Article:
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The Credit Score Gene?

A story in the most recent issue of Scientific American Mind discusses the work of Jan-Emmanuel de Neve and James Fowler, who suggested in 2009 that "the MAOA gene predicts credit card debt." In their paperposted to the Social Science Research Network — de Neve, of the London School of Economics, and Fowler, of the University of California, San Diego, "present the first evidence" that individuals with a polymorphism of the MAOA gene show a decreased transcriptional efficiency, and are "significantly more likely to report having credit card debt," they write. Specifically, they found that "having one or both MAOA alleles of the low efficiency type raised the average likelihood of having credit card debt by 7.8 percent and 15.9 percent, respectively," the team found, using data from 2,000 young adults as part of The National Longitudinal Study of Adolescent Health. According to Scientific American Mind, "the gene affects credit-care debt the way other genes have been found to play a role in breast cancer." In their paper, the authors suggest that a combination of their genetic analyses, along with an examination of an individual's socio-economic environment, could "fine-tune existing model of financial and other economic decisions," though they warn that the potential consequences "of possible discrimination by lenders on the basis of genotype" ought to be considered.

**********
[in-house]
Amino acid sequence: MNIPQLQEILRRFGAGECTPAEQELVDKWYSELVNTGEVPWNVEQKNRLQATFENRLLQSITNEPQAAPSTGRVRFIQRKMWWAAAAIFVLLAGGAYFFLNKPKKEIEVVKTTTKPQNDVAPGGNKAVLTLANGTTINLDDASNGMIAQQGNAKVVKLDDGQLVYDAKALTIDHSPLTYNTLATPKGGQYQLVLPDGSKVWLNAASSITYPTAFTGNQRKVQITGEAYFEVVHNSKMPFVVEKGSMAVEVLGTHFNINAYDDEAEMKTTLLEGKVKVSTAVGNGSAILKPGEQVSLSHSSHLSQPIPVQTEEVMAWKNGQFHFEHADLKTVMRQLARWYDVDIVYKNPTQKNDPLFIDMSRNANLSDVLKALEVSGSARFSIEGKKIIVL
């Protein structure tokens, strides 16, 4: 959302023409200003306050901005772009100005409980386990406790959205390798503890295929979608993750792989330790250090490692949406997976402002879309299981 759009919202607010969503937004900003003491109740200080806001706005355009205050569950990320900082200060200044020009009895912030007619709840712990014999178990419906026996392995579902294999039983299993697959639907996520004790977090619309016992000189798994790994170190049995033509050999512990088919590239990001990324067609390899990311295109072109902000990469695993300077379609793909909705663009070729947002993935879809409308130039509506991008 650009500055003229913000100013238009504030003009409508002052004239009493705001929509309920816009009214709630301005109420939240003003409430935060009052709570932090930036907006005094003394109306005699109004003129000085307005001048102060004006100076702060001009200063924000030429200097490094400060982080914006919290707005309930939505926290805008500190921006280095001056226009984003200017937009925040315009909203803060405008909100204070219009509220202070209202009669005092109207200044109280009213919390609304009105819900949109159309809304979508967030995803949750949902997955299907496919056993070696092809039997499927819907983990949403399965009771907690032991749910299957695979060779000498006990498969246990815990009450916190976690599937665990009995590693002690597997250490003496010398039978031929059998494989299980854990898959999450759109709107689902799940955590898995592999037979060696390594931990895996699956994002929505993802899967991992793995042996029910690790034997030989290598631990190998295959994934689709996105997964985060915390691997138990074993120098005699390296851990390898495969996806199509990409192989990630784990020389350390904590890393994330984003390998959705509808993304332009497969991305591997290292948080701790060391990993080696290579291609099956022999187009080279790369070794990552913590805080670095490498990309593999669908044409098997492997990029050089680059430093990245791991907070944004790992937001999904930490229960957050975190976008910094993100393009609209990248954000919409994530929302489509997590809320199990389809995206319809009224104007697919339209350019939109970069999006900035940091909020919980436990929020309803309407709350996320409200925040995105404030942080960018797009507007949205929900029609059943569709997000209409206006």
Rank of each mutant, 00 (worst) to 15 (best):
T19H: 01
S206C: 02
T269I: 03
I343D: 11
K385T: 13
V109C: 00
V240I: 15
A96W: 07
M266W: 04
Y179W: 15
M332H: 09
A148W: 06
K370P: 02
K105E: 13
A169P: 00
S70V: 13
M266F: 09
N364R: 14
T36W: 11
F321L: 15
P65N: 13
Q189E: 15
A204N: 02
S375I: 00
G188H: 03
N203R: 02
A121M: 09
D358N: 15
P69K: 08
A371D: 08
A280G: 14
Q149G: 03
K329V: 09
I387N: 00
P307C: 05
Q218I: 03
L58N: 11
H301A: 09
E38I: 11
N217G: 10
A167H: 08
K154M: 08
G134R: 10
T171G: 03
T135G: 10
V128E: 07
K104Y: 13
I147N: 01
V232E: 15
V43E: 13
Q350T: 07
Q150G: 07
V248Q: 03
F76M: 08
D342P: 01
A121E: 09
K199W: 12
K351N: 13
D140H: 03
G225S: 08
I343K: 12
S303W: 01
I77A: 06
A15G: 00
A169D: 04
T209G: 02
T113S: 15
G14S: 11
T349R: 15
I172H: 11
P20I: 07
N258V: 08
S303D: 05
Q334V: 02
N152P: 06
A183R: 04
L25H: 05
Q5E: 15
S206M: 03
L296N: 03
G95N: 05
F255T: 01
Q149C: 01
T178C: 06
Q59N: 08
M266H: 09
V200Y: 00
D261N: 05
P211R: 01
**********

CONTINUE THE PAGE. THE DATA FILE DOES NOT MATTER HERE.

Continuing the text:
The Scan

Study Finds Few FDA Post-Market Regulatory Actions Backed by Research, Public Assessments

A Yale University-led team examines in The BMJ safety signals from the US FDA Adverse Event Reporting System and whether they led to regulatory action.

Duke University Team Develops Programmable RNA Tool for Cell Editing

Researchers have developed an RNA-based editing tool that can target specific cells, as they describe in Nature.

Novel Gene Editing Approach for Treating Cystic Fibrosis

Researchers in Science Advances report on their development of a non-nuclease-based gene editing approach they hope to apply to treat cystic fibrosis.

Study Tracks Responses in Patients Pursuing Polygenic Risk Score Profiling

Using interviews, researchers in the European Journal of Human Genetics qualitatively assess individuals' motivations for, and experiences with, direct-to-consumer polygenic risk score testing.